I hope you enjoyed the playlist. Belowe you can access the previous edition of the CREST OF WAVES mixtape series.

CRESTS OF WAVES (Volume 01) – The Best of Modern Pop

I inaugurate with this post a new series of mixtapes with the best pop songs that have been published in the last few months. The series is called “Crests of Waves” and I expect it will soon become a regular appointments of this blog. Similar initiatives will be launched shortly for all the other musical genres that we typically talk about on this site.

This first entry of the series features recent songs by The Mountain Goats, The Cranberries, Goldfrapp, Depeche Mode, Thunder Dreamer, Clock Opera, and Cigarettes After Sex. Additional details about the songs and the artists are provided after the widget. You’ll notice that Volume 1 of Crests of Waves is also built around a beautiful poem by Pablo Neruda (“Puedo Escribir”), which tells us of a desperate man who has lost the love of a woman he once loved.

 

The first song of the mixtape has been picked up from the incredible first full lenght album released by the American ambient pop band Cigarettes After Sex.  The album (self-titled) was released on last June 9, 2017, and contains 10 delicate and elegant tracks based on simple but beautiful melodies. The song selected for the mixtape is the track which opens the album, named K. (which stands for Kristen, as we may understand from the lyrics of the song)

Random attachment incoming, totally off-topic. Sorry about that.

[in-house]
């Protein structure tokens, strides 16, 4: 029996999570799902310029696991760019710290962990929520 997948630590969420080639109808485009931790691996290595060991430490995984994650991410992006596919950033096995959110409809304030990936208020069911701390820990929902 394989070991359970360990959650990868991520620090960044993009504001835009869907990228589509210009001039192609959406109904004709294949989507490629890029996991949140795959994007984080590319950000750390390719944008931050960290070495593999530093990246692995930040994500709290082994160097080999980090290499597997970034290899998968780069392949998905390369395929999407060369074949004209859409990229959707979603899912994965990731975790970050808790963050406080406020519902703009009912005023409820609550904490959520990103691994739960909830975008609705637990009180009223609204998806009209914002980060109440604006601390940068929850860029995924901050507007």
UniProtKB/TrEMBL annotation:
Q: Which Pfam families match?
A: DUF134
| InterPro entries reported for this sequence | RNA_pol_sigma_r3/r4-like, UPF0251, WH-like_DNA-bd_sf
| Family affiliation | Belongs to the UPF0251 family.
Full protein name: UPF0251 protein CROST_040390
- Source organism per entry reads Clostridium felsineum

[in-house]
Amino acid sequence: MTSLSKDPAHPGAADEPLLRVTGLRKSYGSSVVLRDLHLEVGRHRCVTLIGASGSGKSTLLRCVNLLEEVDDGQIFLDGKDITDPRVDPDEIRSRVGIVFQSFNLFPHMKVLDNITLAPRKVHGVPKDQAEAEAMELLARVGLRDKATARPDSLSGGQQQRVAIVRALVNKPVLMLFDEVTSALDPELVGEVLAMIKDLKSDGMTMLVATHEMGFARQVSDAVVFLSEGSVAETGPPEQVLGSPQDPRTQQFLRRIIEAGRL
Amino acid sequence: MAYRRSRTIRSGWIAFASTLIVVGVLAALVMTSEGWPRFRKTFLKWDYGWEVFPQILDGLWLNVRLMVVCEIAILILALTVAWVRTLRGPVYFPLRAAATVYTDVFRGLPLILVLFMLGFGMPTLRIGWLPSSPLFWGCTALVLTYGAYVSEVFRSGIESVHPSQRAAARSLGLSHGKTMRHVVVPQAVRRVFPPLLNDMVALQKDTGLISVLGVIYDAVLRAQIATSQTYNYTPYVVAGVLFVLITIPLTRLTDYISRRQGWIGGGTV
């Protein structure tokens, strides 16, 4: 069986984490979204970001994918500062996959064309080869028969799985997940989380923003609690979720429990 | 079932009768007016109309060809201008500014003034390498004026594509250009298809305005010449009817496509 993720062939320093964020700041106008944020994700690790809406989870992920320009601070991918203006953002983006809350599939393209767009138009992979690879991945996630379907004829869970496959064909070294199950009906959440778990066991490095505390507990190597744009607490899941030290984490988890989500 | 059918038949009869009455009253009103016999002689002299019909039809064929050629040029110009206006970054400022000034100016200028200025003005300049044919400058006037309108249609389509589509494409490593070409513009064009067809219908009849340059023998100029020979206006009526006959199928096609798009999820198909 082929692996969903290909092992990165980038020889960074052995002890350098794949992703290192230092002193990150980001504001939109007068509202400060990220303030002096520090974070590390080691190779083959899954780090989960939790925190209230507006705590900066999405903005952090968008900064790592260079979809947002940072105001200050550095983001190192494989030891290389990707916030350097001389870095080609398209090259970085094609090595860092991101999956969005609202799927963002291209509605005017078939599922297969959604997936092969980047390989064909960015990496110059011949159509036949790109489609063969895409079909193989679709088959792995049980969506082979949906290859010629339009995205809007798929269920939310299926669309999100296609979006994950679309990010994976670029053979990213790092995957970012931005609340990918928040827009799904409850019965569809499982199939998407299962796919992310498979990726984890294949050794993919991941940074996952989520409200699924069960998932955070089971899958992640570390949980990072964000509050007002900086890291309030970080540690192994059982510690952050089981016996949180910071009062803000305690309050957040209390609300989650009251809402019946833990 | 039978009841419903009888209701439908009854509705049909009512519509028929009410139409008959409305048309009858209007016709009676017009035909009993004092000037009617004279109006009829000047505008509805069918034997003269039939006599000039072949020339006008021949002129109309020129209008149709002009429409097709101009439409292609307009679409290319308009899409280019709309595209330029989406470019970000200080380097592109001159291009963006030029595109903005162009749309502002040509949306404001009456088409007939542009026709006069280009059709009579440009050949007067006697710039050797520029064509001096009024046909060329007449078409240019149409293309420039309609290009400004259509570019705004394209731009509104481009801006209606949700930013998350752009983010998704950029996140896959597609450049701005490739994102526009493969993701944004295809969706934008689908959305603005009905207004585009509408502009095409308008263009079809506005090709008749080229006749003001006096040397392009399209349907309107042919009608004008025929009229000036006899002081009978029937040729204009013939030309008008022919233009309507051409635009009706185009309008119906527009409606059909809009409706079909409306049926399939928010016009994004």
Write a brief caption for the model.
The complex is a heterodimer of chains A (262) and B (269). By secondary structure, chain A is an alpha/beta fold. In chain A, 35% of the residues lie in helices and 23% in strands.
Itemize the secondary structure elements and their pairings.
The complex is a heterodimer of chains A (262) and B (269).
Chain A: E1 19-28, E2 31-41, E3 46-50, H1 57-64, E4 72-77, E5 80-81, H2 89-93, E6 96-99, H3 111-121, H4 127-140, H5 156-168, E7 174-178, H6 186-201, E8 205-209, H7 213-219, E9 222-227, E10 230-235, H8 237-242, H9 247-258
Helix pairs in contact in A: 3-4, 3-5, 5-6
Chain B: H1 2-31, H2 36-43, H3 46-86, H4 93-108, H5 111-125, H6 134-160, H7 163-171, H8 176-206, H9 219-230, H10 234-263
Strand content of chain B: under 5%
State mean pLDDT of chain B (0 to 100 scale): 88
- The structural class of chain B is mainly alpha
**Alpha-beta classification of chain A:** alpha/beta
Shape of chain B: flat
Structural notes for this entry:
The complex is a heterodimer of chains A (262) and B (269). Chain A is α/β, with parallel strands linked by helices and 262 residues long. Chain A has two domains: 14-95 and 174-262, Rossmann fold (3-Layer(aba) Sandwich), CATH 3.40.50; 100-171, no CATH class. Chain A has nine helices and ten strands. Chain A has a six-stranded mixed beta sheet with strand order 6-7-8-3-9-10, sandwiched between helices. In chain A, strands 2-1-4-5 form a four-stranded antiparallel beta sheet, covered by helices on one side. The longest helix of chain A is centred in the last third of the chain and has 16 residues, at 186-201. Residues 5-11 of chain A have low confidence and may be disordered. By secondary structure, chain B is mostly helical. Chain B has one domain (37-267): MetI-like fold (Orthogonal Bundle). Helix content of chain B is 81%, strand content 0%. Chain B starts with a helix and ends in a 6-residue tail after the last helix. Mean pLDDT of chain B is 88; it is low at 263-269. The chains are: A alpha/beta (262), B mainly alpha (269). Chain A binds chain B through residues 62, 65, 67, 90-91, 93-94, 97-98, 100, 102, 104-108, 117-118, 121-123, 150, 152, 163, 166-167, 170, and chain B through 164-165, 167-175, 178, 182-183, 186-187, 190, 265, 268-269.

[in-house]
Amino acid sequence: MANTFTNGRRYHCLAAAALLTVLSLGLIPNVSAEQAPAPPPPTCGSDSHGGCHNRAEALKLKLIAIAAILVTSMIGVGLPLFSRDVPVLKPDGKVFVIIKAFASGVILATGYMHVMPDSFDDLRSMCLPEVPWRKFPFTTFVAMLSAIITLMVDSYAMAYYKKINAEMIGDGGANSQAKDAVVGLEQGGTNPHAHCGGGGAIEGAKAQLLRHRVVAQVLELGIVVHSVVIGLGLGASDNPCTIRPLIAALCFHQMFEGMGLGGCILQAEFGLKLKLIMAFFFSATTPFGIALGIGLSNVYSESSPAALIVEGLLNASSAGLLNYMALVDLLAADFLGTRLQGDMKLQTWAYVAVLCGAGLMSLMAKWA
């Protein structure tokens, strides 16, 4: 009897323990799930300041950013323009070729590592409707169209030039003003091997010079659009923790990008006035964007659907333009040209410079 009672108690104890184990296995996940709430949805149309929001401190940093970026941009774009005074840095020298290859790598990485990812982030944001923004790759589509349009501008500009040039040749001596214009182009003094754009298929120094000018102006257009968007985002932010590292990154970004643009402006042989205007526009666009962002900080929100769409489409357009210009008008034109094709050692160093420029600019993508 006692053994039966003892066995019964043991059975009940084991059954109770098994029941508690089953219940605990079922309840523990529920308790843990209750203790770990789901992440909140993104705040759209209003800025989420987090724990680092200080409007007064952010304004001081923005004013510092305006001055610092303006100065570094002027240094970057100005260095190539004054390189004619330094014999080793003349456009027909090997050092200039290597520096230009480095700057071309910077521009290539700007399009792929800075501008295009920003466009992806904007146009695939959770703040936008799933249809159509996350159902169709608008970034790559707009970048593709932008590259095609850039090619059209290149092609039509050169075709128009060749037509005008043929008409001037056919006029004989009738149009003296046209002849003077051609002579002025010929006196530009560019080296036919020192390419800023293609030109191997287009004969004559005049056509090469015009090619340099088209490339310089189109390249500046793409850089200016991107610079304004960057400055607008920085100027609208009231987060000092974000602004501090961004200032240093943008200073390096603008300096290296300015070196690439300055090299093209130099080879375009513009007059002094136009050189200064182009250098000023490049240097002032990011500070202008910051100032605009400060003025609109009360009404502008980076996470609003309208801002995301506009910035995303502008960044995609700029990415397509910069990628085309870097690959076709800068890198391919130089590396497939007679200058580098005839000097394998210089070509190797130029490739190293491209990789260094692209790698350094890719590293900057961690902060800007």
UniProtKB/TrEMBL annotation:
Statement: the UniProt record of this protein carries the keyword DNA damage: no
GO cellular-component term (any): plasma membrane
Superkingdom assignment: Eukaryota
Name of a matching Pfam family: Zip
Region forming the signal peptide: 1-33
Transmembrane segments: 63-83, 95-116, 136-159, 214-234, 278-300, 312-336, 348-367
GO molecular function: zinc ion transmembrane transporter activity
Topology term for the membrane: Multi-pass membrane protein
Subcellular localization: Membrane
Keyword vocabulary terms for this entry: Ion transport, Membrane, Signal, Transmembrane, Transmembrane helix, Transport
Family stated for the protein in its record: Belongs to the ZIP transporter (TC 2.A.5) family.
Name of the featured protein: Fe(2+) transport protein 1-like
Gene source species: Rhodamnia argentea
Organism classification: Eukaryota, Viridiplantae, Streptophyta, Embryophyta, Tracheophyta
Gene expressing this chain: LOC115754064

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The second track of the compilation is Changeling, a song contained in the last album released by Clock Opera, which is a British quartet based in London and formed in 2009. Their most recent work, named Venn, was published in February 10, 2017, and is characterized by an interesting blend of electronic and indie pop. Changeling was the first single taken from the album, and an early versions of the song circulates since 2015.

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Third track of the playlists comes from Ghots, the last album from The Mountain Goats. The album was awarded here on last May with the title of best indie pop release of the month. The Mountain Goats are one of the most prolific bands of the American indie scene. Their leader, the singer-songwriter John Darnielle, has written more than 600 songs now, and the band, with their latest album has reached the impressive number of sixteen studio LPs in 23 years of career. The song selected for the mix is Shelved, which is not only one of the most beautiful moments in the album but also one of the greatest pieces that Darnielle ever wrote.

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Just in the middle of the playlist sits St-Malo, a song extracted from Capture, the last album by Thunder Dreamer, a dreamy rock band from Indiana, in the U.S. The album was published on last May 26, 2017, and follows their debut work released two years ago. The songs of Capture seem to reflect all the main elements from the Midwestern heartland from where these guys come from, and their work stands out actually as one of the best indie songbooks released in the last few months.